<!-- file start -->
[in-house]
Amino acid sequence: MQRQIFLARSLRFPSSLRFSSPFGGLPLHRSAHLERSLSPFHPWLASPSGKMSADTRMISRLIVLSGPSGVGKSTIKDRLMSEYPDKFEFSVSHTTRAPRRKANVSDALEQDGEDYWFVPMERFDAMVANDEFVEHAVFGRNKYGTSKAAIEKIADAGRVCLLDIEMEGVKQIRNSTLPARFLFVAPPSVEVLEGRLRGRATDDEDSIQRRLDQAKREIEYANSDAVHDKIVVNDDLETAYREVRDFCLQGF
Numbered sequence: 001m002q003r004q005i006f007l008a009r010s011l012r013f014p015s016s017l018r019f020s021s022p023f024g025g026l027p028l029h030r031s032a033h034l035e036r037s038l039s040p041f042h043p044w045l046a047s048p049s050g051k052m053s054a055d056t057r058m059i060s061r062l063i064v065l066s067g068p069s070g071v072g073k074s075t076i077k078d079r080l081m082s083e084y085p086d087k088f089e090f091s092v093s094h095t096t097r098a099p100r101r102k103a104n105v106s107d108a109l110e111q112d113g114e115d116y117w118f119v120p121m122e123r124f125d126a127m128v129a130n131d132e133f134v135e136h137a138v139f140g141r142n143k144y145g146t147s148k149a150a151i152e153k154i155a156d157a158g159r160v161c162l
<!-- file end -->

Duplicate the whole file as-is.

[in-house]
Amino acid sequence: MQRQIFLARSLRFPSSLRFSSPFGGLPLHRSAHLERSLSPFHPWLASPSGKMSADTRMISRLIVLSGPSGVGKSTIKDRLMSEYPDKFEFSVSHTTRAPRRKANVSDALEQDGEDYWFVPMERFDAMVANDEFVEHAVFGRNKYGTSKAAIEKIADAGRVCLLDIEMEGVKQIRNSTLPARFLFVAPPSVEVLEGRLRGRATDDEDSIQRRLDQAKREIEYANSDAVHDKIVVNDDLETAYREVRDFCLQGF
Numbered sequence: 001m002q003r004q005i006f007l008a009r010s011l012r013f014p015s016s017l018r019f020s021s022p023f024g025g026l027p028l029h030r031s032a033h034l035e036r037s038l039s040p041f042h043p044w045l046a047s048p049s050g051k052m053s054a055d056t057r058m059i060s061r062l063i064v065l066s067g068p069s070g071v072g073k074s075t076i077k078d079r080l081m082s083e084y085p086d087k088f089e090f091s092v093s094h095t096t097r098a099p100r101r102k103a104n105v106s107d108a109l110e111q112d113g114e115d116y117w118f119v120p121m122e123r124f125d126a127m128v129a130n131d132e133f134v135e136h137a138v139f140g141r142n143k144y145g146t147s148k149a150a151i152e153k154i155a156d157a158g159r160v161c162l